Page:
“I absolutely love being a teacher, it’s my other passion,” she said. “I have hockey, and I have teaching. And those are the two things that I’m really passionate about and I love doing and they’ve gone hand in hand for so many years now, actually, nine. I played pro hockey for 10 years and been teaching and playing for nine. And so this year was the first year where I actually was taking a leave from teaching. That was a tough, tough decision in the sense that these were two things I balanced so well for so many years and I love both.”
Despite splitting her time between her two jobs, she was able to continue playing at a high level. She finished as the PHF’s all-time leading scorer, and last season was third in league scoring. In 142 career PHF games, she had 146 points.
She will now have to negotiate a new contract with Montreal for the PWHL season, and there are obviously a lot of factors to consider when it comes to being financially comfortable with one income, which would have been the case with her PHF contract. Even with this latest hurdle of uncertainty, she still looks back fondly at her path.
“Since my professional career has started, the game has come incredibly far,” she said. “When I first graduated college, and I was in the CWHL, we were busing to Brampton and to Toronto. In the second year, we were able to fly, there was a huge improvement, and everybody was very excited. If you came in first place, I think it was you win $500. And then if you won it all, you get another $500. And so it’s just remarkable, the gains that we’ve been able to make in the past decade, since when I graduated college, and the players coming out of college into this women’s hockey landscape right now. So that’s something I reflect on often, just the incredible growth. I loved my time in the CWHL playing for the Blades, even though some of the standards were lower than what we have now in terms the resources and how players were treated. I was grateful to get to play competitive hockey after college, because that was something that when I was growing up, there wasn’t really an option after college.”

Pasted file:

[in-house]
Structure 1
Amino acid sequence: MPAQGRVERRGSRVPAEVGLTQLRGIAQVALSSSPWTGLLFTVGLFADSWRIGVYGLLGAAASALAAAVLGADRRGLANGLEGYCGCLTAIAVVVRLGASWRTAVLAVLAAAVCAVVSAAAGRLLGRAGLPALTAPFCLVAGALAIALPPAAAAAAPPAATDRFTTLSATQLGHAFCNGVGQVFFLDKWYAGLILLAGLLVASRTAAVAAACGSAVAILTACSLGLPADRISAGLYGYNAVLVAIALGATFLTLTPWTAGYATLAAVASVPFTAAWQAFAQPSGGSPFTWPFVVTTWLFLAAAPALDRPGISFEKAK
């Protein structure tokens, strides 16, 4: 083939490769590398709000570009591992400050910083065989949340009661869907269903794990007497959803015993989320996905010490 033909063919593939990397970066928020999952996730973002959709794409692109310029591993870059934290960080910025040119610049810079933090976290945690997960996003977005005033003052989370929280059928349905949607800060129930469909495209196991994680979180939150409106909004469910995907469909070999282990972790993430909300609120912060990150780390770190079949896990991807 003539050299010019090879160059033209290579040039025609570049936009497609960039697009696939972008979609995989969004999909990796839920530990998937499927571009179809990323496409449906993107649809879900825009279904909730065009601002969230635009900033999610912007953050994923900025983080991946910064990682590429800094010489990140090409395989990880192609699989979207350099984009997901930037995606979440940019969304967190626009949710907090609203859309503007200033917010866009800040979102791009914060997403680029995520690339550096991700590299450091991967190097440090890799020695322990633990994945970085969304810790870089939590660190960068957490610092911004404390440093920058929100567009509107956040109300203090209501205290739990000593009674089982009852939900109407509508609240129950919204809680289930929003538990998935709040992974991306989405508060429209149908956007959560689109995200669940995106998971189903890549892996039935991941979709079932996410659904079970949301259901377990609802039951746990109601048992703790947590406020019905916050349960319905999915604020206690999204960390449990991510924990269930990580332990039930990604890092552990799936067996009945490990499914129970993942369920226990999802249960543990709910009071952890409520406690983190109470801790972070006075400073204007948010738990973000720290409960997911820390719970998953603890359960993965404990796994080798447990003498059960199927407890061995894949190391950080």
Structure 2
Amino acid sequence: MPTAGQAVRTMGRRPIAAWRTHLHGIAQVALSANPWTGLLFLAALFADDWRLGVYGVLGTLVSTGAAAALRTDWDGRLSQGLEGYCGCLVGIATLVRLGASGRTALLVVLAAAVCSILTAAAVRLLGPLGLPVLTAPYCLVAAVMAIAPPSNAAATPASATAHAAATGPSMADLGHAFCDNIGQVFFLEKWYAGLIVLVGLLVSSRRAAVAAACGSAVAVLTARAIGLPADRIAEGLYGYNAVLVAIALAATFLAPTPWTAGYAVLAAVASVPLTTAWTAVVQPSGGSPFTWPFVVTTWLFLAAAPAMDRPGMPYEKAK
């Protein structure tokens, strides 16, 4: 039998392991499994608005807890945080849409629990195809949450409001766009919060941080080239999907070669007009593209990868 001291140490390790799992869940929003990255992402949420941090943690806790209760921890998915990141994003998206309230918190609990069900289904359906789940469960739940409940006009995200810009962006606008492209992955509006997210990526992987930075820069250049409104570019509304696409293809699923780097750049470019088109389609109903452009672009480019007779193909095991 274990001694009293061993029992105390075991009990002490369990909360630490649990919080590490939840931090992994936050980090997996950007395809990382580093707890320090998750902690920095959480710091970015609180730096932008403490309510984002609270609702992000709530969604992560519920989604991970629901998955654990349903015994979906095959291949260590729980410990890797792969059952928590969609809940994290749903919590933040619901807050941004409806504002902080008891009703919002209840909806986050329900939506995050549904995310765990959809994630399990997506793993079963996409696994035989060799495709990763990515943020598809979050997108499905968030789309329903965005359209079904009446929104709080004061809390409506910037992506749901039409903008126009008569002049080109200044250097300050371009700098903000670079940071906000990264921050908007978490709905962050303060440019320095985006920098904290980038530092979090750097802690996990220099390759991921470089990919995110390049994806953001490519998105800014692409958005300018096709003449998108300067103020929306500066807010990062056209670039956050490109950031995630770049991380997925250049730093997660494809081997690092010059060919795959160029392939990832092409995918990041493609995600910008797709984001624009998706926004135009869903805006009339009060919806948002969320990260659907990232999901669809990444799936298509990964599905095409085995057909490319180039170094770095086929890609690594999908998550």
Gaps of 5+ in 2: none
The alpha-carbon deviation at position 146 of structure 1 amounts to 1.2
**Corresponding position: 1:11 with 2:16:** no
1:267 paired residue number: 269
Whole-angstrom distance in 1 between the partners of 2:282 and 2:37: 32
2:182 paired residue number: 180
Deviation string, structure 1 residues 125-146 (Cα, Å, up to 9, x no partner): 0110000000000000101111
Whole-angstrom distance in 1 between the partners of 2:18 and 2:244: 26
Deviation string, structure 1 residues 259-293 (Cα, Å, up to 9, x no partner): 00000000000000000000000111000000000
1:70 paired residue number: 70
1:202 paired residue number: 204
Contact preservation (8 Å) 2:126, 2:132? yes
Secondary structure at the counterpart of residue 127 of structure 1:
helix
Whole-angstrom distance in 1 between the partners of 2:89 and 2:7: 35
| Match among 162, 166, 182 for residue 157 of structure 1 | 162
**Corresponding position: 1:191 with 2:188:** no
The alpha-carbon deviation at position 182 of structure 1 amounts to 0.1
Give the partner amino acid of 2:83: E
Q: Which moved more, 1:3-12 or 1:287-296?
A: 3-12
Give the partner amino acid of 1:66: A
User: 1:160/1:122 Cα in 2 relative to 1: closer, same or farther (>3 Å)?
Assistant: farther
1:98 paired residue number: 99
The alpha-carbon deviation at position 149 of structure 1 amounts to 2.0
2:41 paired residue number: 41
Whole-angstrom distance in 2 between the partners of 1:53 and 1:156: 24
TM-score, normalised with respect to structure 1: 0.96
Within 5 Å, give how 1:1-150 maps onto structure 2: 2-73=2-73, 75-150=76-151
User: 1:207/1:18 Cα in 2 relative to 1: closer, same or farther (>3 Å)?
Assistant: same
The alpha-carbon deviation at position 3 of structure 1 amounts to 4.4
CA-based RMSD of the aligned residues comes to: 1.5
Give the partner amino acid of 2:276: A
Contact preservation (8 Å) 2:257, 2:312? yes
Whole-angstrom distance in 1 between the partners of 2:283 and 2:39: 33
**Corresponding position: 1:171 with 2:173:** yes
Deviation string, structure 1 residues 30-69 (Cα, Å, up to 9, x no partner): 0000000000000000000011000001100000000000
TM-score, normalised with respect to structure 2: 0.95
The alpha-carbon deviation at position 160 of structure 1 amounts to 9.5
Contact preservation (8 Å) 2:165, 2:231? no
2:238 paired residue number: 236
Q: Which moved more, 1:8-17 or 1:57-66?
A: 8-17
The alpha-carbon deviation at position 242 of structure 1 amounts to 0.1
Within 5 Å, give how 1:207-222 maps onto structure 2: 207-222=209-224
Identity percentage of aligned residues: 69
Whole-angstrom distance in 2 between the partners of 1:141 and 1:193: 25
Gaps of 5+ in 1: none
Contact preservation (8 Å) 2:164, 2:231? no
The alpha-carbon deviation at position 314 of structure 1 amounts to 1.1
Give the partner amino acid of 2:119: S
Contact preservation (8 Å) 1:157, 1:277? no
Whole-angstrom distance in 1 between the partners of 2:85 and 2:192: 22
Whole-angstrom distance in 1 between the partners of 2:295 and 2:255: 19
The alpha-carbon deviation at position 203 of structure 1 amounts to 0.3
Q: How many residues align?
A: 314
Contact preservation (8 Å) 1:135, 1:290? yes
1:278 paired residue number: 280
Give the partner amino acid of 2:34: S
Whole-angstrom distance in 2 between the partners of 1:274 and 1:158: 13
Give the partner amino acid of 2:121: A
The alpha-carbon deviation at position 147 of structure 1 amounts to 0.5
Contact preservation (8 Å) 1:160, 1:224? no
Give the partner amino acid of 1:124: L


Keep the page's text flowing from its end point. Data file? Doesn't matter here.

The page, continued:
She hopes that eventually there will be even greater gains from the current PWHL CBA where six players will get at least $80,000 US per season, and the league average will be $55,000. Players also get relocation and housing stipends. But she’s also looking forward to getting back on the ice and does so knowing that she has another passion waiting for her when she does hang up her skates.